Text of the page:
Why is Italian football called Calcium?
In Spain we say soccer, in Germany Fußball, in England and France they share football, but in Italy, as much as their language is similar to the one we speak in the bull's skin, they say football. And best of all, no one asks why. "This year Italian calcium is going to be spectacular" or "calcium has its that because they give a lot of kicks" are common phrases among some Spanish or Latin American soccer fans who do not fall into the fact that calcium, plain and simple, means kick. It is as if in England they said kick instead of football, as it is, but the explanation of the term has its roots in a period in which football as we know it today was not even a distant thought.
We have to go back to the time of the Roman Republic, where there was neither Tottis nor Di Canios, but Scipios and Pompeii. In a period when senators were discussing the future of Rome, the legionaries were the spearhead of an army that aspired to romanize all land that lay before it; but to conquer, you have to train. A) Yes, a game called harpastum, in which the legionaries faced each other with the aim of bringing a ball to the other end of the field, it served as physical training for troops who were constantly enrolled in war campaigns.
This game became popular among Roman legionaries to such an extent that many continued to play it after retirement. That happened in the town of Florentia, founded in the year 59 a. C. by retired legionaries, and place where the harpastum underwent a curious evolution. As this game / training disappeared into the rest of the confines of the Roman territory, in Florence especially took root, tending to a new way of playing in which the feet had much more prominence than the hands. That is to say, Years passed, it was played more and more, but instead of grabbing the ball with their hands they started kicking it. I imagine a conversation between two players from that harpastum that looked less and less like the one played by the founders of Florence: Kicking? What if that's a good name for this game now that it's no longer like before? In agreement, leave the harpastum behind and we will start calling you football.
And for centuries the football in Florence. No matter the age and social class, every Florentine of good played this sport that had evolved since the time of Rome. In fact, in the streets of the city there are still some plates that prohibit the ball game, which shows that it was an activity strongly implanted in Florentine society. It was played on the Arno river in a year of 1490 so cold that the waters froze, even a match was played when in 1530 the imperial troops of Carlos V had besieged the city; but just like what happened with the coronavirus, the football was interrupted by an outbreak of plague that swept through the city in 1631. The practice of a sport that involved physical contact was suspended due to the social distance required by the plague, and little by little it was disappearing from the collective imagination of the Florentines, not getting to play a game in practically 300 years.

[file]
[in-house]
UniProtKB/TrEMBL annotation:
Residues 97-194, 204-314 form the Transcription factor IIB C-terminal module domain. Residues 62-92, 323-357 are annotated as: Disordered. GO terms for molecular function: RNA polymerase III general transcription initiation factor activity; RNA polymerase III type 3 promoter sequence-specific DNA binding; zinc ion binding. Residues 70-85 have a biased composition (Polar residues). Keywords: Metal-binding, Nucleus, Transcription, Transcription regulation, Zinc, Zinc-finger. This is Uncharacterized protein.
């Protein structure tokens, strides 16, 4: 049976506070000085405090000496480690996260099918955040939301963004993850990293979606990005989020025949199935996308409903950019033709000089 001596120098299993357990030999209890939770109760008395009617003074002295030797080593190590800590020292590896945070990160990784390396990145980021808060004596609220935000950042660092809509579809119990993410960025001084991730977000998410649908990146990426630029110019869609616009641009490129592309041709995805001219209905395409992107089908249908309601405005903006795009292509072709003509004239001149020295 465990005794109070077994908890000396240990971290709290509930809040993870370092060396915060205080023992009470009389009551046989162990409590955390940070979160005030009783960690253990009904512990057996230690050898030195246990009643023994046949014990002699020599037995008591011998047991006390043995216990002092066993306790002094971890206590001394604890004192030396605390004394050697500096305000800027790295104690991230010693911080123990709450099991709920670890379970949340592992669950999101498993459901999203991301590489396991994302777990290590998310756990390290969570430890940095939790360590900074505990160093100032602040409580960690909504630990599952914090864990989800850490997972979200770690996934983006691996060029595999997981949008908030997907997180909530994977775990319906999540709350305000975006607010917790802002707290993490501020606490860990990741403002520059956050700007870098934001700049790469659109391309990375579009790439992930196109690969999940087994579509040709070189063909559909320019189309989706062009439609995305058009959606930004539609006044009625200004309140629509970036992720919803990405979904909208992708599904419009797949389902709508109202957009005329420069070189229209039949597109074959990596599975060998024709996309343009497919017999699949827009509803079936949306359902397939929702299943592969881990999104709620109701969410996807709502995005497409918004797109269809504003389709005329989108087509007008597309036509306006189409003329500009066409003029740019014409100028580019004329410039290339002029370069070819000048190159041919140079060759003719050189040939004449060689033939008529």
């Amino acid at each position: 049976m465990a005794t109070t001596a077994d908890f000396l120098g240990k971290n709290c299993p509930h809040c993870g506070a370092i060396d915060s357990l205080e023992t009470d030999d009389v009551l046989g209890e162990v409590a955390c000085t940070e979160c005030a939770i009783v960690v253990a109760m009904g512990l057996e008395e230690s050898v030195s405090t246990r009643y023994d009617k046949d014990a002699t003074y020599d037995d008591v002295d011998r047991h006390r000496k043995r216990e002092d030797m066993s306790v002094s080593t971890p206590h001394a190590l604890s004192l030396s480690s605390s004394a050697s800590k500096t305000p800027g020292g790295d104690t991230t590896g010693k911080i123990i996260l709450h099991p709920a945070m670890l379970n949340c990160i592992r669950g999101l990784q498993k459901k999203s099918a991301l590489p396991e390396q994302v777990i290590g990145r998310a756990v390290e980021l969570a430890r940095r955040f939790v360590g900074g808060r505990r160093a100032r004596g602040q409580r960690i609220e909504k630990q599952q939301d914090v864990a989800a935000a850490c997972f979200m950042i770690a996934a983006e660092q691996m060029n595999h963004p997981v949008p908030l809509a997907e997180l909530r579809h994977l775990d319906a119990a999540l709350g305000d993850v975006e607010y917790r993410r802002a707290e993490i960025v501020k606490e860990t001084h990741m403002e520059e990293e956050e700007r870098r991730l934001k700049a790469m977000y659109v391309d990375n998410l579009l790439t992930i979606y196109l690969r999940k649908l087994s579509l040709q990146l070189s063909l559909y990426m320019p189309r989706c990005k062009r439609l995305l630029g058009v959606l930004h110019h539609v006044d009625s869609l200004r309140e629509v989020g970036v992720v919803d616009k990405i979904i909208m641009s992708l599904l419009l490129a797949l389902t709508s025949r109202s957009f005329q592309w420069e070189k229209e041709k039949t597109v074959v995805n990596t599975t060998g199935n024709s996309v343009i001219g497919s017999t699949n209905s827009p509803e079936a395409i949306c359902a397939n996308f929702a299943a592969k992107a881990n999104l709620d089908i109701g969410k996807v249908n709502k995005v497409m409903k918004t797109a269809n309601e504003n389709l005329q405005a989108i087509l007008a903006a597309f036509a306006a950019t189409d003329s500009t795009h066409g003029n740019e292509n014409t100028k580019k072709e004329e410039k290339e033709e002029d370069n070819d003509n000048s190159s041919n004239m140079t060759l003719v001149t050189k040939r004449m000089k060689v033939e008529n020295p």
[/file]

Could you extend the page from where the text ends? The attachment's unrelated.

But fascism came to Italy with Mussolini at the helm, and in the dictator's mind, beyond subduing everyone who thinks differently, the idea of recovering the glories of the Italian past was also present, and between them, calcium poked its head out, now surnamed storico. In 1930 A Calorico Storico match was organized following the guidelines of that meeting that took place in 1530 with the city under siege. The streets were adorned, the Calcianti dressed in the clothes that the Florentines wore five centuries ago and calcium was reborn in Florence in style. In fact, despite the disruption caused by World War II, Today the beautiful city of Tuscany is decked out every June to organize a tournament of historical soccer in which the four traditional neighborhoods of Florence face each other and relive a game that is part of the history of their city.
However, It should not be thought that the Italian dictator was responsible for the return of calcium to the streets of Florence. Nothing is further from reality, the 1 May 1898 he got to play a game in the Florentine streets that served to demonstrate that the memory of that sport had not been completely erased. The funny thing is that a week later the first Italian Football Championship took place in Turin, which was conquered by the Genoa. The organizers and journalists who covered that match did not use the word calcium once., but the term football. In fact, the Italian Federation, also founded in 1898, at first he used the name football, keeping it until the year 1911, when it became the Italian Football Federation. The relationship is clear. When football landed in Italy it kept its English name for a time, but as the years went by and the football settled, at the same time that the memory of storic calcium reappeared, the Italian people were in charge of looking for a relationship between the two.
In this way they left aside an anglicism that did not mean much at the time, and took as their own the name of a sport that had been part of Italian society for centuries. This is how the event that led to today, when we talk about Italian football, the vast majority do not know that by saying calcium we are not just saying "kick", but we are reviving a sport older than Florence itself.